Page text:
The U.S. should immediately mobilize ‘Operation Gaza Relief’

The Washington Post

Israel has every right to pursue those who carried out Hamas’s horrific terrorist assault on Oct. 7. But the war strategy chosen by Israeli Prime Minister Benjamin Netanyahu’s government has had a massive and unacceptable impact on Palestinian civilians. Israel’s campaign of bombing and shelling has killed an estimated 28,000 Palestinians, according to the health ministry in Gaza, more than 70 percent of them women and children. Many more are seriously injured. Acute shortages of medicine, food, water and shelter, combined with power and communication blackouts, have created a cascading disaster.

For months, the Biden administration has made urgent and repeated requests to the Netanyahu government to pursue a more targeted campaign against Hamas and to dramatically increase the facilitation of humanitarian aid delivered through the Rafah and Kerem Shalom crossing points. Israel has largely disregarded these appeals. In addition, the Netanyahu government is considering a military campaign in Rafah, where more than 1 million displaced Palestinians are living, which would make the humanitarian crisis even worse.

Given the lack of a meaningful response to the Biden administration’s appeals to the Netanyahu government, the responsibility to lead falls upon the United States. It falls on the United States because we are the largest provider of military assistance to Israel. It falls on us because the United States has supplied many of the bombs and artillery shells that Israel has employed in its Gaza campaign. It falls on us because the United States has a massive sealift capability to deliver aid and might be the only nation Israel would allow to coordinate the direct provision of aid to Gaza to address the suffering.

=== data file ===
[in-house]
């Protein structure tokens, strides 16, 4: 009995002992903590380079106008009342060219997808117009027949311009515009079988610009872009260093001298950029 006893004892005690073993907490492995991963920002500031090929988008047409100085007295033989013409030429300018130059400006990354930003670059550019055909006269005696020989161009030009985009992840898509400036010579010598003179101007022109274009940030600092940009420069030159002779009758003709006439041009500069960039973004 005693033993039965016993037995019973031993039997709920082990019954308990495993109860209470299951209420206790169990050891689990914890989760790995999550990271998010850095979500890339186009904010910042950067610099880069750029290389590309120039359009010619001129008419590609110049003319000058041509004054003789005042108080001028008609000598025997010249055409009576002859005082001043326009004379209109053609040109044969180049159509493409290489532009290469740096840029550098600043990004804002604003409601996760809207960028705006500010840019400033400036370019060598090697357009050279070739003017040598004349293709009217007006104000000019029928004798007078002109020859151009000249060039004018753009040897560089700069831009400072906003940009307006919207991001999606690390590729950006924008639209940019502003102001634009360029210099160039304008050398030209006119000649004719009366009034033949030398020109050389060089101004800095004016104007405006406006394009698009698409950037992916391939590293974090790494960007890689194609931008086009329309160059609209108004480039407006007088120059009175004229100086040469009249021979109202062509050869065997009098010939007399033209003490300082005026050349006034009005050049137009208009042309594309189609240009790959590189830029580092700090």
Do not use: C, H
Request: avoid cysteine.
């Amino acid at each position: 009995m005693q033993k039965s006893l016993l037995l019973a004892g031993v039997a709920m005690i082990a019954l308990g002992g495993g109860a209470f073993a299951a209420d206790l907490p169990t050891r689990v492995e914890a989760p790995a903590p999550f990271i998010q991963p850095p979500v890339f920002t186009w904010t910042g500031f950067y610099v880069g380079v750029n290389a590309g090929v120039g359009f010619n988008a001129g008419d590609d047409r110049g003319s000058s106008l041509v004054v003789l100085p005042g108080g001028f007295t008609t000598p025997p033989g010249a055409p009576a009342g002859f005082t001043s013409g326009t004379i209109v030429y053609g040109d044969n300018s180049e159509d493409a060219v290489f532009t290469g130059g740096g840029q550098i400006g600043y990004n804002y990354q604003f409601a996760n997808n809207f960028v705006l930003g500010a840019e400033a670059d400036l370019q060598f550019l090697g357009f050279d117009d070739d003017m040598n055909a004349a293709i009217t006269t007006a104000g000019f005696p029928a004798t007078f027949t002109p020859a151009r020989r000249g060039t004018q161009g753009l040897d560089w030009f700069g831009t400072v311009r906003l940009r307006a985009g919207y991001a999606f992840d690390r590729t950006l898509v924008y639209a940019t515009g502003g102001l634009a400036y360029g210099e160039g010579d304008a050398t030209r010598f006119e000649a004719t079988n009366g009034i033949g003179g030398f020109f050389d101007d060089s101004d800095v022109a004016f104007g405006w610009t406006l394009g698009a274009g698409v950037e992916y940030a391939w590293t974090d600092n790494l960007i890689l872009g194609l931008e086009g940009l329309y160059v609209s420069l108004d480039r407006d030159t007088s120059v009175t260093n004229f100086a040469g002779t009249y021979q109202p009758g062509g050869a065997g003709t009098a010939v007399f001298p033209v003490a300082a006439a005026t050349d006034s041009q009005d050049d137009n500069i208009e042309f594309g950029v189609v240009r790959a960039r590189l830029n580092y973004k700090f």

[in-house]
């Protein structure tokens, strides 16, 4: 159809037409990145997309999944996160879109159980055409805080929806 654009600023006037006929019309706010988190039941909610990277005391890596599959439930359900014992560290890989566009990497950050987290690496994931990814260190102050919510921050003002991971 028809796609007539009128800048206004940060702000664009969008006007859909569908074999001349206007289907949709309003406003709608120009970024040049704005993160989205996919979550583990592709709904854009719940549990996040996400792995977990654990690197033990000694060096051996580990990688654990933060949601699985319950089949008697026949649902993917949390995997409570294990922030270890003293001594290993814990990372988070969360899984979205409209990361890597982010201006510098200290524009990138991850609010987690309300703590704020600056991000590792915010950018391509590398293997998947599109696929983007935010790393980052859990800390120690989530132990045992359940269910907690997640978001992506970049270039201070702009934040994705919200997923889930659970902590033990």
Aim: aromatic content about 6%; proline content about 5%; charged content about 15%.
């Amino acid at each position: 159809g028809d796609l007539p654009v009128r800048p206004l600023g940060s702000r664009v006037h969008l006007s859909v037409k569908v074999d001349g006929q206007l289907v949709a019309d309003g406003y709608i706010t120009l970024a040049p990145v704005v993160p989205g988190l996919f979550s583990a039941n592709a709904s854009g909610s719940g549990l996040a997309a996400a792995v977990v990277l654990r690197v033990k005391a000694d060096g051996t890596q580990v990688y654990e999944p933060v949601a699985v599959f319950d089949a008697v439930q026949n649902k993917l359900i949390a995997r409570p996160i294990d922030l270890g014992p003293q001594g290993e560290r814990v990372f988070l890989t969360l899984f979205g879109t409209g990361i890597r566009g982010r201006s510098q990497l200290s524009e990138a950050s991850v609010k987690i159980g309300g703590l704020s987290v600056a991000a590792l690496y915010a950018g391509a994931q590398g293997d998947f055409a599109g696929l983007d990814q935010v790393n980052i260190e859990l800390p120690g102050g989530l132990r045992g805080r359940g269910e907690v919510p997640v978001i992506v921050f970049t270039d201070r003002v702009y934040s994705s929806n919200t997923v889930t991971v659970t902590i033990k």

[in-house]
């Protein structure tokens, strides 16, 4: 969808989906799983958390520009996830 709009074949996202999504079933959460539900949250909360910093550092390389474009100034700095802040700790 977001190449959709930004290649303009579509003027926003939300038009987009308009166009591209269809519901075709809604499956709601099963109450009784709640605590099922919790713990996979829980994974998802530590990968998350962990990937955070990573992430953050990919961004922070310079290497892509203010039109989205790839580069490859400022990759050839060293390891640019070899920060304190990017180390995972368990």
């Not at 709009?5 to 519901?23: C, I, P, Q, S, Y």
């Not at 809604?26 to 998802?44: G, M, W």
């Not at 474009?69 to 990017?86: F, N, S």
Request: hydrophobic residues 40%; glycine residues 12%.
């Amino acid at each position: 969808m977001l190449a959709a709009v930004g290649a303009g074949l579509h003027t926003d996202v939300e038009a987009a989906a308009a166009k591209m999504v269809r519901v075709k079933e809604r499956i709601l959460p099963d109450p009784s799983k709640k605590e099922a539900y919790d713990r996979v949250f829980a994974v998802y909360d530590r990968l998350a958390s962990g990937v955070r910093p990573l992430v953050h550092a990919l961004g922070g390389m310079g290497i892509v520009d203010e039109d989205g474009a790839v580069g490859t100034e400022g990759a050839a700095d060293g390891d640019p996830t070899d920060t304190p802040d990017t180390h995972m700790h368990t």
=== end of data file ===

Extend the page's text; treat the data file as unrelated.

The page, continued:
Moreover, our values demand the provision of lifesaving humanitarian support to Gaza. In conflict after conflict around the world, we shine a light on humanitarian tragedies and admonish the governments responsible. We stand against bombing campaigns that result in high civilian casualties. We coordinate aid to assist those suffering. Because of our close partnership with Israel, it is even more imperative that we act in Gaza.

Up until now, the administration has emphasized two strategies in this matter: urging Israel to greatly amplify the delivery of aid, and pursuing a diplomatic strategy to finalize a pause in fighting that will stop the bombing and provide an opportunity for an infusion of aid. These strategies minimize conflict with the Netanyahu government and avoid the complexity and responsibility for coordinating direct assistance. But these strategies have failed. The Palestinians cannot wait any longer, and our country needs to act now.

The role of the United States in this operation should be to get medical aid directly to hospitals by air and supplies of food, water and necessities to the shore. Humanitarian organizations must take over from there to distribute and utilize the supplies. In this intense conflict, the presence of U.S. troops or personnel on the ground inside Gaza would be an invitation to direct involvement in the conflict. We must not make that mistake.